Raheem J. Brennerman, Chairman and CEO of Blacksands Pacific, writes in Oil and Gas Investor about the need for the United States to invest more in shale
Not too long ago, energy insiders and industry commentators were talking about “peak oil.” Just two decades later, the U.S. is experiencing a boom in shale oil and gas, brought about by a combination of investment, innovation and the application of modern technology and techniques, such as hydraulic fracturing. American oil and gas companies have become world leaders in the field and, according to the Energy Information Agency, shale gas is set to account for 50% of U.S. natural gas production, up from an already impressive 35% today. Such a truly transformational change in the energy landscape has brought with it invaluable jobs and wealth. But, unless America continues to invest heavily in its infrastructure, it will fail to take full advantage of this reliable and abundant source of energy and all it has to offer.
In a relatively short space of time, America’s shale revolution has provided financial security to landowners, rewarded investors, encouraged technological innovation, boosted local and national public finances to the tune of billions of dollars, and delivered much-needed jobs to rural areas. U.S. companies have developed the operational, scientific and technical know-how to make shale oil and gas deposits more easily accessible and economically viable, placing them at a considerable advantage to its international competitors.
China, for example, is desperate to exploit its shale gas reserves, (estimated to be two-thirds larger than America’s) and so has been actively purchasing stakes in U.S. oil and gas companies in order to import American expertise. In July, the China National Energy Administration toured shale facilities in Pennsylvania to learn from the U.S. and to market the benefits of teaming with Chinese enterprises. The recent joint venture between China’s Sinopec and hydraulic fracturing world leader FTS International is likely to be one of many future partnerships and acquisitions between Chinese and U.S. companies.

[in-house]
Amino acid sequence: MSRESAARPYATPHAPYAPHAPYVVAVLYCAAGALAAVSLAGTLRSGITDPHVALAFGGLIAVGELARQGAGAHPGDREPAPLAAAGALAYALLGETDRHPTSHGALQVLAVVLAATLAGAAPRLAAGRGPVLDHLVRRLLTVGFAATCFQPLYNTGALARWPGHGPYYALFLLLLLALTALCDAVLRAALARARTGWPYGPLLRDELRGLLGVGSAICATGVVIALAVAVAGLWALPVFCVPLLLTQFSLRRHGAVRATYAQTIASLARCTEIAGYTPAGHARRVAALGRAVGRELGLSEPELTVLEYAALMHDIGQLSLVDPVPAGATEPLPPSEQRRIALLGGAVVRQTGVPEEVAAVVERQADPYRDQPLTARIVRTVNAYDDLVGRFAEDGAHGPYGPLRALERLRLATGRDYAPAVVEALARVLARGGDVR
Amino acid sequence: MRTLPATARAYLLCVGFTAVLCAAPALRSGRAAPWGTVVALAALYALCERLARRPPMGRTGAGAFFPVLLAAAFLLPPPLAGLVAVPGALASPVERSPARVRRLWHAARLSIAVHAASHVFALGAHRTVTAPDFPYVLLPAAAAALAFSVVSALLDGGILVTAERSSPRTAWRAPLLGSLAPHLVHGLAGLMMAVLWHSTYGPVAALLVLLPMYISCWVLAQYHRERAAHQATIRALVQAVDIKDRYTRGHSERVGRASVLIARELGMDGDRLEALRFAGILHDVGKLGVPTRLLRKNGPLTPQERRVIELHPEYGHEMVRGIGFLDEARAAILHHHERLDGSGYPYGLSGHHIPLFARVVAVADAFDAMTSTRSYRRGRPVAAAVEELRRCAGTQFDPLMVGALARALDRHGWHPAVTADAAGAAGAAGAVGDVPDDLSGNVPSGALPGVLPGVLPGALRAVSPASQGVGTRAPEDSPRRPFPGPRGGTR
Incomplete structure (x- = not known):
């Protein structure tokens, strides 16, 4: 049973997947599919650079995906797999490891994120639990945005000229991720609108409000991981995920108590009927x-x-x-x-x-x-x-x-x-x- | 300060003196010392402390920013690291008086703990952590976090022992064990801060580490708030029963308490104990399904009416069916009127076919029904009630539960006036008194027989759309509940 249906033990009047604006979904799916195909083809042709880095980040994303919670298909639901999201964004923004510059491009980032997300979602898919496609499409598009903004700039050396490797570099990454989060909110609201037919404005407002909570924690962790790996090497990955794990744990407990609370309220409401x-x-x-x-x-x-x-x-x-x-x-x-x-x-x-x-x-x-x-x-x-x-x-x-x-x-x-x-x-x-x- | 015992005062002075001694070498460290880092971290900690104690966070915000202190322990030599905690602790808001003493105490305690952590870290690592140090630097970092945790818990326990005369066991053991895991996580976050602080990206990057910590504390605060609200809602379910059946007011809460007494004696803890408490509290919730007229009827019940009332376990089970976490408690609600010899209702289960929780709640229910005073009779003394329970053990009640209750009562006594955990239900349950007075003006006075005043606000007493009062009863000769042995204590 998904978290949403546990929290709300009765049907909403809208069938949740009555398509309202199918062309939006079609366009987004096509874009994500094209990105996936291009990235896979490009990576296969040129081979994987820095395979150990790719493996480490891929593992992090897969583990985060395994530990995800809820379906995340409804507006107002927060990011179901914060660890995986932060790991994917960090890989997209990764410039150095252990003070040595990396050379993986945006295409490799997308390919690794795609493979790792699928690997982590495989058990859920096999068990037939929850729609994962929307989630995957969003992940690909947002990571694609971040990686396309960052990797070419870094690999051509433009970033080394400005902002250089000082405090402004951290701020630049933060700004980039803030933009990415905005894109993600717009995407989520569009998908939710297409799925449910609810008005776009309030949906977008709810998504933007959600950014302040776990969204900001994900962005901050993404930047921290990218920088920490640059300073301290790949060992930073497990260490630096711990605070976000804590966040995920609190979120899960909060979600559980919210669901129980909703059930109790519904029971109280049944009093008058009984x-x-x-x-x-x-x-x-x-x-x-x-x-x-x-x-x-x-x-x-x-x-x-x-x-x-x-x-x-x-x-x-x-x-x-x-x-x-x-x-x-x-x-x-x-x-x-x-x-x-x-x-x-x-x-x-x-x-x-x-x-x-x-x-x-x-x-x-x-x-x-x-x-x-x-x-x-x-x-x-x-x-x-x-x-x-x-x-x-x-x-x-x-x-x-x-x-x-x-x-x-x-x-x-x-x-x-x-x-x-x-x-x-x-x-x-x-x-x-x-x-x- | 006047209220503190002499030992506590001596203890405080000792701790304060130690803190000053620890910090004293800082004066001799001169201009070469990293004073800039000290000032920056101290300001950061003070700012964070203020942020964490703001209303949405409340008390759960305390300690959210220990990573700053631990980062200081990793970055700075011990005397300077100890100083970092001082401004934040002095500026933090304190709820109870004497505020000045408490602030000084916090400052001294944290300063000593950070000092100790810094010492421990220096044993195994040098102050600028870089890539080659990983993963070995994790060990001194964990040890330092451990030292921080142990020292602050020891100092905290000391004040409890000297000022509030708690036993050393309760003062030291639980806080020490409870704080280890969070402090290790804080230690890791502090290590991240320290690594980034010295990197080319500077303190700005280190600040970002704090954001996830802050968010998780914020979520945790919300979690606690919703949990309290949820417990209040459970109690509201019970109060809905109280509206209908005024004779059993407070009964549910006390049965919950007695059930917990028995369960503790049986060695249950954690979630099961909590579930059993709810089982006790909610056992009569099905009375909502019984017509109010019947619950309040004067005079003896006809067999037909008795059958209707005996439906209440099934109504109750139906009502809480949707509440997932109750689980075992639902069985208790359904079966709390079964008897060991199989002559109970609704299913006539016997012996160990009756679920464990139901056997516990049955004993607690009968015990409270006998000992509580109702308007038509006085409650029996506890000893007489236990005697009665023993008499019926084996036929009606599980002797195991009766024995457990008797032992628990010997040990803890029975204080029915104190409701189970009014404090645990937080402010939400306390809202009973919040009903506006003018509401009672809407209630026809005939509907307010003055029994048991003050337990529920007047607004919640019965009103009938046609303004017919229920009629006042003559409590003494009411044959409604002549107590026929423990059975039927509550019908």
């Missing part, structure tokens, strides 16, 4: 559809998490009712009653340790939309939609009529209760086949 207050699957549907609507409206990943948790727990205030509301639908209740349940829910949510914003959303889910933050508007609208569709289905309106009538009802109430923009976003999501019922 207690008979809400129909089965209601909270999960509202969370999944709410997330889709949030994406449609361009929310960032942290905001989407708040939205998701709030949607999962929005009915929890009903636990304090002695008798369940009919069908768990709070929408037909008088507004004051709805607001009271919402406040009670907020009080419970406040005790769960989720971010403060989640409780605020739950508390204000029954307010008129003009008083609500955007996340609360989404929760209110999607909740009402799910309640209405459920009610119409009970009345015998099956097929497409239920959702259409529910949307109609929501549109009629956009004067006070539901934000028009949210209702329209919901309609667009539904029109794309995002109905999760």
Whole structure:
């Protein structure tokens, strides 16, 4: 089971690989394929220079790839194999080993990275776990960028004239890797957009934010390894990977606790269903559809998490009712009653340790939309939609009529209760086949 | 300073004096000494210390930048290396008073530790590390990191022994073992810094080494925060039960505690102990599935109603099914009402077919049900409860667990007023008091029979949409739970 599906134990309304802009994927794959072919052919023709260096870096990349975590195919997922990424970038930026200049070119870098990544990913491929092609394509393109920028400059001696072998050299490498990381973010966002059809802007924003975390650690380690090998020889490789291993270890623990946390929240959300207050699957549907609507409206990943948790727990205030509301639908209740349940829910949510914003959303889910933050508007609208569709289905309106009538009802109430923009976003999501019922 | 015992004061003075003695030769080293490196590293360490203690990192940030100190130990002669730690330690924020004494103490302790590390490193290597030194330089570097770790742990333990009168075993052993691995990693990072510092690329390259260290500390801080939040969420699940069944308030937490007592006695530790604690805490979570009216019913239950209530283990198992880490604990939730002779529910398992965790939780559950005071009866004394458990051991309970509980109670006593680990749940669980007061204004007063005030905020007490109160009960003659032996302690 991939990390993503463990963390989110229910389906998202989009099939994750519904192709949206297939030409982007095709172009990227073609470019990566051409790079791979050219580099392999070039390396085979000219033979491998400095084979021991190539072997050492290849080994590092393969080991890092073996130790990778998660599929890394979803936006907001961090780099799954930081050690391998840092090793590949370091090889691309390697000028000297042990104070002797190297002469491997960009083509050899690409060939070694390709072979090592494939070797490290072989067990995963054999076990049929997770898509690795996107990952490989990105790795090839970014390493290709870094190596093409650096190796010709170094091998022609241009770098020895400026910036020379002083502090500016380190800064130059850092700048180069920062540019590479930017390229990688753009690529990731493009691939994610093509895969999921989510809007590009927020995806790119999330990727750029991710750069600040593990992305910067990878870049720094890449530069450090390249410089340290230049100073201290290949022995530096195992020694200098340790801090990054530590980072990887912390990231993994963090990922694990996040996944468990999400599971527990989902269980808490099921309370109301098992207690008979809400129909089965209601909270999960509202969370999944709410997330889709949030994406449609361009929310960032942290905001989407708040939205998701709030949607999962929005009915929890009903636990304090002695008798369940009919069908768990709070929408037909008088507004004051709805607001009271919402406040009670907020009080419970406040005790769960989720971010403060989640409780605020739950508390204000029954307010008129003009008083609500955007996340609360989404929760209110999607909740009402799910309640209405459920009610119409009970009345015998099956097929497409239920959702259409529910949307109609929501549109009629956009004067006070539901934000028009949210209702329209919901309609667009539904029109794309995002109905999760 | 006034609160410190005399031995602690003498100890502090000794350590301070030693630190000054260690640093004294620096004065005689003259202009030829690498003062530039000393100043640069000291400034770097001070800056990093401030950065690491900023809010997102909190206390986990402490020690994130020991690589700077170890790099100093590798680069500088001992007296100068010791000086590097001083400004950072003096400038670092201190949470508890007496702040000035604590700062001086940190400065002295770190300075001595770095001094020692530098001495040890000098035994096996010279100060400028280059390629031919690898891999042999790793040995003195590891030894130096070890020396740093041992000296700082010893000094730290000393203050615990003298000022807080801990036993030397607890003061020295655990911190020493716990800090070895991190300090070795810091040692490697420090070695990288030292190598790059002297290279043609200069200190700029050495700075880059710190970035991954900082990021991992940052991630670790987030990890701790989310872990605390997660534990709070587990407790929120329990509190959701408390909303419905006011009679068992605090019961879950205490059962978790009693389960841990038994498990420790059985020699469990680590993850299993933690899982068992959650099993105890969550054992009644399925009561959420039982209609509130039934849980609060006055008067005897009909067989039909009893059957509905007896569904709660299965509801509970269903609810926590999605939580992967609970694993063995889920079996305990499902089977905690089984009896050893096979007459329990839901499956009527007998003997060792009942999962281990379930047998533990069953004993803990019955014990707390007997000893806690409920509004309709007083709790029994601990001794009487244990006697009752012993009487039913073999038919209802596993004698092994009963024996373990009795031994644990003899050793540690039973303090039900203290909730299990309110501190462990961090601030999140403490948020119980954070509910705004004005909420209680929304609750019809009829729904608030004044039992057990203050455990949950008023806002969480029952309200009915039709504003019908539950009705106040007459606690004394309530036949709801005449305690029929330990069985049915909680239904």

But the U.S. can’t afford to rest on its laurels. As Energy Secretary Ernest Moniz acknowledged recently at Carnegie Mellon University, the U.S. has “huge infrastructure problems” in terms of transporting, storing and distributing natural gas. As a nation, we must construct more pipelines and terminals so that we can transport gas to domestic and, in future, international, markets. It is a similar situation for shale oil: investment bank Goldman Sachs estimates that there is so much shale oil in the U.S. that domestic oil production is likely to exceed available refining capacity by as soon as mid-2015.
Encouragingly, investors are poised to spend billions of dollars on infrastructure projects -- some of which have been waiting years for government approval. I hope that Capitol Hill is busy drafting streamlined regulatory processes so that this essential infrastructure can be built. The incentives of continued and increased investment could not be clearer: jobs; tax revenues; cheaper gas; lower manufacturing costs; environmental benefits; less reliance on imports from unstable countries and -- not to be underestimated -- enhanced diplomatic influence through exports of oil and gas and technological expertise.
The U.S. is ideally positioned to play an influential role in the development of shale oil and gas reserves across the world. But it must leverage its operational and technological advantage to best effect so that the industry can continue to contribute to the long-term prosperity of the nation. Provided there is considerable financial, political and regulatory investment, the U.S. shale oil and gas landscape has a very bright future and the goal of energy independence in America is achievable.
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